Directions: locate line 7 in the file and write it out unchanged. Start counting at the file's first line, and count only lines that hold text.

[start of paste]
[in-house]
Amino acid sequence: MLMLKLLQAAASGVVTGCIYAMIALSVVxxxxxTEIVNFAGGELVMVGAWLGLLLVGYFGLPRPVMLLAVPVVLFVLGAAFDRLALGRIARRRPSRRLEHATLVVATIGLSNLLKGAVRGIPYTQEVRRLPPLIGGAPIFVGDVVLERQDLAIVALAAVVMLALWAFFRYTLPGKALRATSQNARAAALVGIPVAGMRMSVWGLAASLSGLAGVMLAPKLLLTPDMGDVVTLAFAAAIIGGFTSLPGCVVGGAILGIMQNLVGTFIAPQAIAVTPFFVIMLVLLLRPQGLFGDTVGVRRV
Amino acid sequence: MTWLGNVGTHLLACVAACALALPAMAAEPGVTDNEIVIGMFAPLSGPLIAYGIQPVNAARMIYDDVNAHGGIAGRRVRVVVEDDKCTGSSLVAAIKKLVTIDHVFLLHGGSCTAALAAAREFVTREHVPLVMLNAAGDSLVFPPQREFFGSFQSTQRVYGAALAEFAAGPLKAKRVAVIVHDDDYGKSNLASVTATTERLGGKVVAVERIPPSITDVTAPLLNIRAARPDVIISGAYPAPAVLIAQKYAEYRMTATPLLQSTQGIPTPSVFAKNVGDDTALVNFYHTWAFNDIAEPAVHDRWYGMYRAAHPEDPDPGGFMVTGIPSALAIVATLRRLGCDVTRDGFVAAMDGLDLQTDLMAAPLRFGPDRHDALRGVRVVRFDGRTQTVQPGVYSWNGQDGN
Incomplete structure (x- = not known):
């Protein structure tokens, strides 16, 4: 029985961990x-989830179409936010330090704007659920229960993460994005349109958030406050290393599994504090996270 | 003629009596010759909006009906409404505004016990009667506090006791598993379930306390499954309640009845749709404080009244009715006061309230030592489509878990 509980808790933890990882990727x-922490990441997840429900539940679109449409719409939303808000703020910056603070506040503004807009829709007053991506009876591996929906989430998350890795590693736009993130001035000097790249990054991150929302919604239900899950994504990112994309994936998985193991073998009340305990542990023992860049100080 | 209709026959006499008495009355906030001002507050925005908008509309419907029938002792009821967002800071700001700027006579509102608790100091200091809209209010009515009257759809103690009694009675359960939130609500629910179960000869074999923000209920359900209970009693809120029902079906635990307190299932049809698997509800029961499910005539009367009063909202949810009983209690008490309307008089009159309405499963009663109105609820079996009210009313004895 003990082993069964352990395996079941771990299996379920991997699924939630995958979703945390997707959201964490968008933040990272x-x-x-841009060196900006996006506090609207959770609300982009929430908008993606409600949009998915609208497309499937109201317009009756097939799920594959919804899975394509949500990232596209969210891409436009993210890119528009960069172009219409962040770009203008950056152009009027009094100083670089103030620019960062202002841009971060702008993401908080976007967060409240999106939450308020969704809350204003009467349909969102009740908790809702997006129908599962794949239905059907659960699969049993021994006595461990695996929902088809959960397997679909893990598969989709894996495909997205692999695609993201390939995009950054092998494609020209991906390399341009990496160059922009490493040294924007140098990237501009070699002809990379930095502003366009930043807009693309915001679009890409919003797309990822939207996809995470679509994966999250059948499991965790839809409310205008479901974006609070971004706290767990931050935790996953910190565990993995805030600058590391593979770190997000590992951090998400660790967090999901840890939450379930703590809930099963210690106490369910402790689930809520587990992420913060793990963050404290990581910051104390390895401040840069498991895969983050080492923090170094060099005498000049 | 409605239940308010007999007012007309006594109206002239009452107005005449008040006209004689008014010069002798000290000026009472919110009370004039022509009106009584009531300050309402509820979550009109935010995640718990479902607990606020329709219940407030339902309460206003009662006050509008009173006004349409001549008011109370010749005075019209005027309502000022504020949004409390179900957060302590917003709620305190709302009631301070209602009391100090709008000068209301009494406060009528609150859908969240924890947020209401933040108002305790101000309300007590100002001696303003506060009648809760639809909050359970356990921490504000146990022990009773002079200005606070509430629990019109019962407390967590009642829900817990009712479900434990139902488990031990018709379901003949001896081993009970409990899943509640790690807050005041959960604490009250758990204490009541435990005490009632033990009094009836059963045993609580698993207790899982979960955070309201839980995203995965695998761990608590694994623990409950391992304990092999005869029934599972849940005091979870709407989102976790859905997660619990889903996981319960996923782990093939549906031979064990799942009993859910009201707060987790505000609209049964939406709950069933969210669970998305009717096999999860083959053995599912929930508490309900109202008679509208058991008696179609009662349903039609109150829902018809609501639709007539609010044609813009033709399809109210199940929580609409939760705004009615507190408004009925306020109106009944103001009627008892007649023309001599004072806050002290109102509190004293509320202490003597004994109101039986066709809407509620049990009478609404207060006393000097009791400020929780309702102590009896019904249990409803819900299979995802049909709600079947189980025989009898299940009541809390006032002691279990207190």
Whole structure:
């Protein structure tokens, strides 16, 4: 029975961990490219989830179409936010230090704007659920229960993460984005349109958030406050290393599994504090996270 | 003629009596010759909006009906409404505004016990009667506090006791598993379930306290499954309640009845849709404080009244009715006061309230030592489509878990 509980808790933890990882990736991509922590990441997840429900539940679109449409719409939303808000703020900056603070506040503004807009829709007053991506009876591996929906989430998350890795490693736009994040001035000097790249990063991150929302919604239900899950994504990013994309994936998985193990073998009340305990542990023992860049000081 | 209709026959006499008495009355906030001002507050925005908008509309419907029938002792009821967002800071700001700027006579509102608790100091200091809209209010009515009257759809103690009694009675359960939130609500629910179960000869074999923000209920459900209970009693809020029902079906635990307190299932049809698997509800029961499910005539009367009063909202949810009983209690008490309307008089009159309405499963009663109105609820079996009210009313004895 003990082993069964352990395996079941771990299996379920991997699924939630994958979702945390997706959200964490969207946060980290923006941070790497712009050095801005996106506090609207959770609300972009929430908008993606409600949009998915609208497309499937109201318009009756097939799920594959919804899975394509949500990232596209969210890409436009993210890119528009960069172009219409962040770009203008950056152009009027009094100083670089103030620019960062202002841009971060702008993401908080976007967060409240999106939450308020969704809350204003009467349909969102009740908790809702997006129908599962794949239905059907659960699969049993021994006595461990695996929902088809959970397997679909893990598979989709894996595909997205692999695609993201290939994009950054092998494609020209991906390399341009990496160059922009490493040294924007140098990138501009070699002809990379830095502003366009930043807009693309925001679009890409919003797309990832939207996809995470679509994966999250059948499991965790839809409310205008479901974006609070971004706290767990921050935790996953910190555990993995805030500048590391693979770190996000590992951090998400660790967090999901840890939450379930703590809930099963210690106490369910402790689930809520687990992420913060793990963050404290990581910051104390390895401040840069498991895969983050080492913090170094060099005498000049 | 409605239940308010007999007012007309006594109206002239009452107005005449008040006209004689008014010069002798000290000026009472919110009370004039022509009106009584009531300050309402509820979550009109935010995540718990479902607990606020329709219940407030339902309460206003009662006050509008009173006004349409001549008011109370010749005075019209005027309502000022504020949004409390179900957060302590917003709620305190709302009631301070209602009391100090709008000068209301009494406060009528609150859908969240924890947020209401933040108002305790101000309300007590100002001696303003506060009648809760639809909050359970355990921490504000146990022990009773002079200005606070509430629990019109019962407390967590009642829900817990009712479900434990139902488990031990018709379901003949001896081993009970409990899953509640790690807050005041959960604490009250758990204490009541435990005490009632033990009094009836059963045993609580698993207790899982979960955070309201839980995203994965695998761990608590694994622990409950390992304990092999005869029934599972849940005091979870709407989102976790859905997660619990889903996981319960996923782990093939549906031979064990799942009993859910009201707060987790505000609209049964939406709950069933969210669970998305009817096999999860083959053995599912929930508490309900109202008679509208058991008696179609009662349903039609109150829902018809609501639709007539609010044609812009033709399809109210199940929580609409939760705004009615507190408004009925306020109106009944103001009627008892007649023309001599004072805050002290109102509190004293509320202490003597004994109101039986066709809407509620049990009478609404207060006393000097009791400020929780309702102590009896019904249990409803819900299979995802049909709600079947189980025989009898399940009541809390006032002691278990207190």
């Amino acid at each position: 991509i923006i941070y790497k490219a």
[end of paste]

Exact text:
């Protein structure tokens, strides 16, 4: 029975961990490219989830179409936010230090704007659920229960993460984005349109958030406050290393599994504090996270 | 003629009596010759909006009906409404505004016990009667506090006791598993379930306290499954309640009845849709404080009244009715006061309230030592489509878990 509980808790933890990882990736991509922590990441997840429900539940679109449409719409939303808000703020900056603070506040503004807009829709007053991506009876591996929906989430998350890795490693736009994040001035000097790249990063991150929302919604239900899950994504990013994309994936998985193990073998009340305990542990023992860049000081 | 209709026959006499008495009355906030001002507050925005908008509309419907029938002792009821967002800071700001700027006579509102608790100091200091809209209010009515009257759809103690009694009675359960939130609500629910179960000869074999923000209920459900209970009693809020029902079906635990307190299932049809698997509800029961499910005539009367009063909202949810009983209690008490309307008089009159309405499963009663109105609820079996009210009313004895 003990082993069964352990395996079941771990299996379920991997699924939630994958979702945390997706959200964490969207946060980290923006941070790497712009050095801005996106506090609207959770609300972009929430908008993606409600949009998915609208497309499937109201318009009756097939799920594959919804899975394509949500990232596209969210890409436009993210890119528009960069172009219409962040770009203008950056152009009027009094100083670089103030620019960062202002841009971060702008993401908080976007967060409240999106939450308020969704809350204003009467349909969102009740908790809702997006129908599962794949239905059907659960699969049993021994006595461990695996929902088809959970397997679909893990598979989709894996595909997205692999695609993201290939994009950054092998494609020209991906390399341009990496160059922009490493040294924007140098990138501009070699002809990379830095502003366009930043807009693309925001679009890409919003797309990832939207996809995470679509994966999250059948499991965790839809409310205008479901974006609070971004706290767990921050935790996953910190555990993995805030500048590391693979770190996000590992951090998400660790967090999901840890939450379930703590809930099963210690106490369910402790689930809520687990992420913060793990963050404290990581910051104390390895401040840069498991895969983050080492913090170094060099005498000049 | 409605239940308010007999007012007309006594109206002239009452107005005449008040006209004689008014010069002798000290000026009472919110009370004039022509009106009584009531300050309402509820979550009109935010995540718990479902607990606020329709219940407030339902309460206003009662006050509008009173006004349409001549008011109370010749005075019209005027309502000022504020949004409390179900957060302590917003709620305190709302009631301070209602009391100090709008000068209301009494406060009528609150859908969240924890947020209401933040108002305790101000309300007590100002001696303003506060009648809760639809909050359970355990921490504000146990022990009773002079200005606070509430629990019109019962407390967590009642829900817990009712479900434990139902488990031990018709379901003949001896081993009970409990899953509640790690807050005041959960604490009250758990204490009541435990005490009632033990009094009836059963045993609580698993207790899982979960955070309201839980995203994965695998761990608590694994622990409950390992304990092999005869029934599972849940005091979870709407989102976790859905997660619990889903996981319960996923782990093939549906031979064990799942009993859910009201707060987790505000609209049964939406709950069933969210669970998305009817096999999860083959053995599912929930508490309900109202008679509208058991008696179609009662349903039609109150829902018809609501639709007539609010044609812009033709399809109210199940929580609409939760705004009615507190408004009925306020109106009944103001009627008892007649023309001599004072805050002290109102509190004293509320202490003597004994109101039986066709809407509620049990009478609404207060006393000097009791400020929780309702102590009896019904249990409803819900299979995802049909709600079947189980025989009898399940009541809390006032002691278990207190």